London 2012: NBA Finals Leave No Doubt LeBron James Will Be Team USA's Alpha Dog

Josh Schoch@JoshSchochAnalyst IIIJune 22, 2012

MIAMI, FL - JUNE 21:  LeBron James #6 of the Miami Heat answers questions from the media next to the Larry O'Brien Finals Championship trophy during his post game press conference after they won 121-106 against the Oklahoma City Thunder in Game Five of the 2012 NBA Finals on June 21, 2012 at American Airlines Arena in Miami, Florida. NOTE TO USER: User expressly acknowledges and agrees that, by downloading and or using this photograph, User is consenting to the terms and conditions of the Getty Images License Agreement.  (Photo by Ronald Martinez/Getty Images)
Ronald Martinez/Getty Images

LeBron James finally won the NBA Finals last night, and he now sets his sights on a gold medal with Team USA in the 2012 Olympics. James' performance not only gives him momentum heading into the London Games, but also dictates that he will be the alpha dog on the world's best basketball team.

LeBron proved that he is the best player in the game today with his dominance in the NBA Finals against the Oklahoma City Thunder, averaging 28.6 points, 10.2 rebounds and 7.4 rebounds per game.

He recorded two double-doubles in Games 3 and 4 (missing a triple-double in Game 4 by a single rebound), and even notched a triple-double in the series-clinching Game 5.

James also played stifling defense against the league's scoring champion, Kevin Durant. When James guarded Durant, the league's best scorer could not find a way to dominate as he had all season. James' length and physical defense took away Durant's ability to impose his will against smaller defenders.

After putting on a performance that rivaled those of—dare I say it?—Michael Jordan in the NBA Finals, LeBron is now going to be the team leader for the USA in the Olympic Games.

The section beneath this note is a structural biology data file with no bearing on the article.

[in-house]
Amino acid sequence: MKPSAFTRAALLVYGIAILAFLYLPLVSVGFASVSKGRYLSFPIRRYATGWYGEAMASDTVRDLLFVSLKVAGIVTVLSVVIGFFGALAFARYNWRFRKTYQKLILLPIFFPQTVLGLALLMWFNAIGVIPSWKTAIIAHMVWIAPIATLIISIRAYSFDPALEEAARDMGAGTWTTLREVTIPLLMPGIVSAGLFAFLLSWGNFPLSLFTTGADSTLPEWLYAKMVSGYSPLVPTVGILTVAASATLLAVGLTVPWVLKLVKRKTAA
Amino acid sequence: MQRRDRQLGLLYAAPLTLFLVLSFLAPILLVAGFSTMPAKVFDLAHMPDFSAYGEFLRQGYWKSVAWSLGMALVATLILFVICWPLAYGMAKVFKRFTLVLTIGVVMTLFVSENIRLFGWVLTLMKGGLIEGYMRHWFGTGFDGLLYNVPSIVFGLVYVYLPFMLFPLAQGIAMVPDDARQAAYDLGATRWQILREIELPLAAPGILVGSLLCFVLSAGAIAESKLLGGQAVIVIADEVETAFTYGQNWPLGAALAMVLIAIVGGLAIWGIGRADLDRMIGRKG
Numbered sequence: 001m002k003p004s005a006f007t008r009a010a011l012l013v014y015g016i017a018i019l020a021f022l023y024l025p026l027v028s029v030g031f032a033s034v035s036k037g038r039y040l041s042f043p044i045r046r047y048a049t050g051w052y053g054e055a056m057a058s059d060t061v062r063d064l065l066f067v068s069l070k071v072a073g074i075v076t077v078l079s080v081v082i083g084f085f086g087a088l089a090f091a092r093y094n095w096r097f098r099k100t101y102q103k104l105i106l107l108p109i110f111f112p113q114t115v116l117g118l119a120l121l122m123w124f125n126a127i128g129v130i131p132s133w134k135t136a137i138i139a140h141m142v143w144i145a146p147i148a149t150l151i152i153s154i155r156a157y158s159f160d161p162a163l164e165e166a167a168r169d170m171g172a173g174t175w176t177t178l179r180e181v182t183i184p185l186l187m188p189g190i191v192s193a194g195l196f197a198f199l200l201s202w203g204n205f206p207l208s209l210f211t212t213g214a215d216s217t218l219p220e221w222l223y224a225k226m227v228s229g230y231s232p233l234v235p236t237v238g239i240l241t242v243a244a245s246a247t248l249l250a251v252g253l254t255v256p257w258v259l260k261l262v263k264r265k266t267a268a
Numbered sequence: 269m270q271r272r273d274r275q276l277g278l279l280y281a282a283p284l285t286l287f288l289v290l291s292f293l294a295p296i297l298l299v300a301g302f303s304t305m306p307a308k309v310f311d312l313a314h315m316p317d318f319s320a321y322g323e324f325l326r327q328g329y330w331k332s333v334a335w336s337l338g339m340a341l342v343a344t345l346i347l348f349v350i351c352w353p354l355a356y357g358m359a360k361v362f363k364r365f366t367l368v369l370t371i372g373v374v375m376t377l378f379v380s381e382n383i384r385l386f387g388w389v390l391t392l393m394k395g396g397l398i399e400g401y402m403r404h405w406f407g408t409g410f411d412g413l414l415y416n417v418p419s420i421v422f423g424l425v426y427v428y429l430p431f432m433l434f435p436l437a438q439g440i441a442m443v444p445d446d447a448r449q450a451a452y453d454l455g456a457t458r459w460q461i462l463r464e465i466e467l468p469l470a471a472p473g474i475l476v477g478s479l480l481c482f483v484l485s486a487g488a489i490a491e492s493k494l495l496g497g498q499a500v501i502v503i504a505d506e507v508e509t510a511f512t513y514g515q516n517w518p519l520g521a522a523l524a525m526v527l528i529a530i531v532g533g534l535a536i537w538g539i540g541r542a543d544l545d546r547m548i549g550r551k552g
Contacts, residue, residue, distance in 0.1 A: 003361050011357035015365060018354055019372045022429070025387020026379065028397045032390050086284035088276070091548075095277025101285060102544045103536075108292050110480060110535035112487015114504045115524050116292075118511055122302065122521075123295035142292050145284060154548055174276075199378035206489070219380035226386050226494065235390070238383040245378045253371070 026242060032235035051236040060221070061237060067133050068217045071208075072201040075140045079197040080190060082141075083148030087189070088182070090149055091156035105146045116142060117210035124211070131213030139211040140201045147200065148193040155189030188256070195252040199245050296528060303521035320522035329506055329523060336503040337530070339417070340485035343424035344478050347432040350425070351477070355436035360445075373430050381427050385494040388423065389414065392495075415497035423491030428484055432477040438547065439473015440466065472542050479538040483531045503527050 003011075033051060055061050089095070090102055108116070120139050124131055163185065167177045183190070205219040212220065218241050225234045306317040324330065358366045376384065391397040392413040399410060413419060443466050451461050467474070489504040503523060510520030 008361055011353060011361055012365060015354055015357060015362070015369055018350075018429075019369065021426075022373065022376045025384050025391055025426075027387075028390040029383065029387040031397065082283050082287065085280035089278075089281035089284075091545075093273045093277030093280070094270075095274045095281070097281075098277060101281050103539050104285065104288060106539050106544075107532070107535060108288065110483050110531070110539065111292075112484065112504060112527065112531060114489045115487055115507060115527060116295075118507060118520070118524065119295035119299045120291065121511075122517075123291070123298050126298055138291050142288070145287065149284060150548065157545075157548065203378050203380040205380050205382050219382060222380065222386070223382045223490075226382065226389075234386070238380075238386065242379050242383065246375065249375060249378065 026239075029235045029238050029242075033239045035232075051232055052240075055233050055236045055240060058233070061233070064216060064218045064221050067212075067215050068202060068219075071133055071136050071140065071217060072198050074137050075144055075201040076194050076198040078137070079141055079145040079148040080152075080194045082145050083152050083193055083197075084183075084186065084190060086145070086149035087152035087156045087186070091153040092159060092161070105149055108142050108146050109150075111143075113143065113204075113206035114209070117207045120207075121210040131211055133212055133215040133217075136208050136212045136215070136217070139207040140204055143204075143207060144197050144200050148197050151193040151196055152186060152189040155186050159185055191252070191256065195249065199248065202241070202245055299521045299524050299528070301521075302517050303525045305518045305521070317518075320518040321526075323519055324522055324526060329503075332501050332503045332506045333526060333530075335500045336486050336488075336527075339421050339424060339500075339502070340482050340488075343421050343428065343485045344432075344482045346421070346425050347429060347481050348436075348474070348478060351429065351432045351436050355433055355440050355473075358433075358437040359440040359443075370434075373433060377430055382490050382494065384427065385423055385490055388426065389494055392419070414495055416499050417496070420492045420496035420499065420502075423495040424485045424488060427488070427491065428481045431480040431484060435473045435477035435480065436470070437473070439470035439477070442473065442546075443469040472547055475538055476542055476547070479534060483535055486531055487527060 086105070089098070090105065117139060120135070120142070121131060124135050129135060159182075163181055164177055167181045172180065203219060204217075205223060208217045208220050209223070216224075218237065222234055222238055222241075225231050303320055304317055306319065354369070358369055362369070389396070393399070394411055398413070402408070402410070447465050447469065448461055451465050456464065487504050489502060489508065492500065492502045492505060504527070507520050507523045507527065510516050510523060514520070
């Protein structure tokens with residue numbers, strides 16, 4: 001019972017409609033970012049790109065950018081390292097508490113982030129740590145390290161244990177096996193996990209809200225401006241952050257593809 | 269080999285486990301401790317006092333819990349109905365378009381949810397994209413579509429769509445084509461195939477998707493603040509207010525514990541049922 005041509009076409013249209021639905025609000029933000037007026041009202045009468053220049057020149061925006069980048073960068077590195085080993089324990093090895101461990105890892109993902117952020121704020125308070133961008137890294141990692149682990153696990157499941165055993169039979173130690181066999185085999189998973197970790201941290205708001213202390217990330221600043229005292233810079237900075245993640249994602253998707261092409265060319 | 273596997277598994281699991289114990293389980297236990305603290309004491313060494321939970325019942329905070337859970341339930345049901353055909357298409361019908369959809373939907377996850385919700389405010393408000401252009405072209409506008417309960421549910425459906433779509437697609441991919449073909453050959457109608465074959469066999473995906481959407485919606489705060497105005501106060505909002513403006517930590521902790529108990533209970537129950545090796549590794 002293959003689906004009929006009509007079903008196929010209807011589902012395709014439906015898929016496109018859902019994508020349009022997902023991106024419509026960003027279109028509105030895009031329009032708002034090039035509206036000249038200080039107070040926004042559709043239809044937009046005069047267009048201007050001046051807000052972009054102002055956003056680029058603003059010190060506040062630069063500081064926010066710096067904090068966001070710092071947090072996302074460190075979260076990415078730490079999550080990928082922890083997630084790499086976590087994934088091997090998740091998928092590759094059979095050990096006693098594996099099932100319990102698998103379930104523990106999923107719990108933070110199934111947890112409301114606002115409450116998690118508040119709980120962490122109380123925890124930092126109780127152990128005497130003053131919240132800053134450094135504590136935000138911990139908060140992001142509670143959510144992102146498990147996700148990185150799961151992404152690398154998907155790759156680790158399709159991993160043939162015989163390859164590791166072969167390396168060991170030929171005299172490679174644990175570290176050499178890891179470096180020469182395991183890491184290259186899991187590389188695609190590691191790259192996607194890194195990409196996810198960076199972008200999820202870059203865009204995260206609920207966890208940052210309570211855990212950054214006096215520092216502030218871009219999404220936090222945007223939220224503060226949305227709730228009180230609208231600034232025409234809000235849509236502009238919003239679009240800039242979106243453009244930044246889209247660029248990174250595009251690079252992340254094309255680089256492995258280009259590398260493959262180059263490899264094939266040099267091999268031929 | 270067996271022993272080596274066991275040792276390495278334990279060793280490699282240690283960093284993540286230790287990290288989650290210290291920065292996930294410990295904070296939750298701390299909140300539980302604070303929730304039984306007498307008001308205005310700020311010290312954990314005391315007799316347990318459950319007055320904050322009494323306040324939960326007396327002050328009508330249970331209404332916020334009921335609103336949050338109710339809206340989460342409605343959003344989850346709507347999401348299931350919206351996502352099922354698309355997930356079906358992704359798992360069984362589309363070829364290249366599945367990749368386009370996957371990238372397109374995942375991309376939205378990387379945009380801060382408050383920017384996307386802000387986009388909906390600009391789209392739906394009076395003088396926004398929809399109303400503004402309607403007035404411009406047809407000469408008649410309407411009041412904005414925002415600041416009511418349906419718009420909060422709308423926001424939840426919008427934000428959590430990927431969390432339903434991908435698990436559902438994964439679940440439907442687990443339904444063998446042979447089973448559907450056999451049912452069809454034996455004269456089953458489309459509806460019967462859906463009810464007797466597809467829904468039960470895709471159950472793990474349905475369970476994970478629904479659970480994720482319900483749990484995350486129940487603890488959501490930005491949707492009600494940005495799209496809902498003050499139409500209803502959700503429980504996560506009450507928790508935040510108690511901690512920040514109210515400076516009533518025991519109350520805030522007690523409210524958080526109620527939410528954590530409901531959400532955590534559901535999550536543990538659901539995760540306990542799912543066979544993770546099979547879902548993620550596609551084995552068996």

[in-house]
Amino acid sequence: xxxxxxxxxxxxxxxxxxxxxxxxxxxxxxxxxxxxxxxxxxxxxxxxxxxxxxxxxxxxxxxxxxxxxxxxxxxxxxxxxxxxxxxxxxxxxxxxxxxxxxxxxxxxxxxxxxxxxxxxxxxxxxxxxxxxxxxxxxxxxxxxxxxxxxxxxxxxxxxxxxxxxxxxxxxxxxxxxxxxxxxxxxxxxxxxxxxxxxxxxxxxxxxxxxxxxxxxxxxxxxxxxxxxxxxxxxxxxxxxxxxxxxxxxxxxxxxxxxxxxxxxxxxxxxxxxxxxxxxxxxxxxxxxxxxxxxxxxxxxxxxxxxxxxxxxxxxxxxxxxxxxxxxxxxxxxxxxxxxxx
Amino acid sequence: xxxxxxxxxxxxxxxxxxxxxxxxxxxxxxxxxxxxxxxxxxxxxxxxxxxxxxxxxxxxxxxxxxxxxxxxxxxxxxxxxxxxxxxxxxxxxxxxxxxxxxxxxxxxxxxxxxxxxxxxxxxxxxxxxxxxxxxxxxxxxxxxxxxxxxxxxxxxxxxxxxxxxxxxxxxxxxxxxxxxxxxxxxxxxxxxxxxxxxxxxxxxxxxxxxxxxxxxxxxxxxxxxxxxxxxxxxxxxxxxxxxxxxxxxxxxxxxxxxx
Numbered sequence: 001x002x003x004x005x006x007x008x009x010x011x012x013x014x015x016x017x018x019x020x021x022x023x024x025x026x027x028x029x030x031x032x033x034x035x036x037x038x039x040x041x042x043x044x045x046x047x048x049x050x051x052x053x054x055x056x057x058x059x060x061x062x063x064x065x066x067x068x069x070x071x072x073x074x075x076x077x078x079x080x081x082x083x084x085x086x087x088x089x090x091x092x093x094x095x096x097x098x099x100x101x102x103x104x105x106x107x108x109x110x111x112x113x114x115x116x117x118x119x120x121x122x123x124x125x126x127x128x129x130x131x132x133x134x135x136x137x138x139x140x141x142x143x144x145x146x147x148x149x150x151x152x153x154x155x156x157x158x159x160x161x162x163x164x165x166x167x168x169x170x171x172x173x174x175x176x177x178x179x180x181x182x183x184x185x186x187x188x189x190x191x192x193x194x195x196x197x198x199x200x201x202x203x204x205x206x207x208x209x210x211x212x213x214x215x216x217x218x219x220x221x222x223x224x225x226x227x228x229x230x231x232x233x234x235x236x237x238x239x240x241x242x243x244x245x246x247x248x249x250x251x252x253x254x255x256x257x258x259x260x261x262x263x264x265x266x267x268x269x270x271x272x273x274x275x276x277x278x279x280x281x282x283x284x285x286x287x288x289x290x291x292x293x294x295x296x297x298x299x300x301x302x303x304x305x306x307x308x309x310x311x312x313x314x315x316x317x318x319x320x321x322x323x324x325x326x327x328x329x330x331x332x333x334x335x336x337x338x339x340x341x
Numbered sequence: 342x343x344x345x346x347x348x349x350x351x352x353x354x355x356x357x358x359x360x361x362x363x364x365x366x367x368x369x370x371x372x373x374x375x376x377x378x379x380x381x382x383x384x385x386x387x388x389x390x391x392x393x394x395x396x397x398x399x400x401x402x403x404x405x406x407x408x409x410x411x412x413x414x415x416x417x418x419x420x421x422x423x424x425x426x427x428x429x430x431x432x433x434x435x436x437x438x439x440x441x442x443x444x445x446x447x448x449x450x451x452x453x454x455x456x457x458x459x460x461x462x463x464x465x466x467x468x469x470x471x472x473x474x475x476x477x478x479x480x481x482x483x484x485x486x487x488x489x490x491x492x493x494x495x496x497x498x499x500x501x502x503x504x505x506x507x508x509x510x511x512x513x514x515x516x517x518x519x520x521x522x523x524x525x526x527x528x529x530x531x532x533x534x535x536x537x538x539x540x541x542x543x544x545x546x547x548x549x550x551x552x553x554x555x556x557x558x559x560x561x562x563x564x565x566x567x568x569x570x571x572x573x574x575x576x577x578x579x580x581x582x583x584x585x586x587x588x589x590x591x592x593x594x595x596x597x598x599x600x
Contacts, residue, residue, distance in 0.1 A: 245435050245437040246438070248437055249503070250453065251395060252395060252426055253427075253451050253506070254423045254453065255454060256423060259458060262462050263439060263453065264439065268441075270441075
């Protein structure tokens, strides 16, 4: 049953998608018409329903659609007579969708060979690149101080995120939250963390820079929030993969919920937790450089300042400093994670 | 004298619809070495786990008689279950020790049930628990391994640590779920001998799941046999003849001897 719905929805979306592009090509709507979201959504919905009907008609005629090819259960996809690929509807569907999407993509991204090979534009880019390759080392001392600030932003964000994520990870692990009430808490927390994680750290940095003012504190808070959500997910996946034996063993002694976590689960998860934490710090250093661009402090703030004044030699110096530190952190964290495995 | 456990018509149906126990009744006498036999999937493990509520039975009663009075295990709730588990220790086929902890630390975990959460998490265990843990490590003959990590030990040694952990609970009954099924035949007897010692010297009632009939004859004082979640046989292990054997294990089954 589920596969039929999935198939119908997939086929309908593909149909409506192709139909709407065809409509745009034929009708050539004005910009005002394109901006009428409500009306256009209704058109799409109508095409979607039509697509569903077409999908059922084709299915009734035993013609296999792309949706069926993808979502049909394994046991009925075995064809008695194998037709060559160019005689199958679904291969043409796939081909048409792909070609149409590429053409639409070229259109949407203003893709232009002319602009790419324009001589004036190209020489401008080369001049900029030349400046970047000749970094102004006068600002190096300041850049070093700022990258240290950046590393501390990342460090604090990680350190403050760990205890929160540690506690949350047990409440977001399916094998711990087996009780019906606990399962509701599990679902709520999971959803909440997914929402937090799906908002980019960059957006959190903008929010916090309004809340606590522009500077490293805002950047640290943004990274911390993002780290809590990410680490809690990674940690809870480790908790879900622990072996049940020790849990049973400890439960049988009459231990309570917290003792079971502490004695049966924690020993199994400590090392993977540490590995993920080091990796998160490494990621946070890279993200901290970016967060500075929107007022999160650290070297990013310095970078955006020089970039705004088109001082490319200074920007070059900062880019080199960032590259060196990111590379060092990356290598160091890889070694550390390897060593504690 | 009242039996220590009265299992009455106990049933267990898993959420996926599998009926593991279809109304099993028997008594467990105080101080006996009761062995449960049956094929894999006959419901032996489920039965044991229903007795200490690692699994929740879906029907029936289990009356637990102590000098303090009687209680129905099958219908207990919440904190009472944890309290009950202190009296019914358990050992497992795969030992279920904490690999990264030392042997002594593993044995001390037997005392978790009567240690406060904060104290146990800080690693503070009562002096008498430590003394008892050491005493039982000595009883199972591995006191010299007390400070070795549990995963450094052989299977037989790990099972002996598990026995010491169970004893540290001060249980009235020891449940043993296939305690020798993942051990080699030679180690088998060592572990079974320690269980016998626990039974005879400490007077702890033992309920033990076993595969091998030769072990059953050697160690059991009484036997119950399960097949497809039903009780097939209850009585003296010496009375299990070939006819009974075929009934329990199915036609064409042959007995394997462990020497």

This will be the first time in his illustrious career that he is the alpha dog of an international squad.

During the 2008 Olympics it was Kobe Bryant who controlled Team USA. A 23-year-old LeBron James took a backseat and modeled his work ethic after the Black Mamba.


Kobe Bryant was LeBron James' mentor during the 2008 Games
Kobe Bryant was LeBron James' mentor during the 2008 GamesJeff Gross/Getty Images

Kobe was the mentor of the team last time, but after being surpassed by the 27-year-old LeBron James, Bryant will be the one in the backseat, as James looks to drive this team to gold.

As we watched James hoist the Larry O'Brien trophy and win NBA Finals MVP honors last night, we looked upon a much more mature athlete than we saw announce that he would take his talents to South Beach just two years ago. He is no longer the arrogant child who claimed that the Miami Heat would win eight championships with him, but is now a man and a leader.

LeBron has matured in recent months, expressing his many regrets about those times. He no longer wants to be a villain and would rather be a good role model.

But perhaps the biggest single instant in his maturity came last night.

After finally attaining his goal of winning a ring, we saw James enter into a new phase of his life. He is now a mature athlete who has the ability to lead a team both on and off the court.

This final stage of his maturity bodes well for Team USA. James is now the type of leader that Bryant was four years ago, and LeBron may even be a better player than Bryant was at that time as well.

James has finally come of age in a way. He is clearly more mature than we would have thought possible two years ago, and this is his time to shine.

He will be the player that the rest of the guys on Team USA can rally around and base their work ethic off of, and this championship will help him be the alpha dog that the team needs.

LeBron led his Heat to a championship, and there is no doubt in my mind that he can lead Team USA to a gold medal.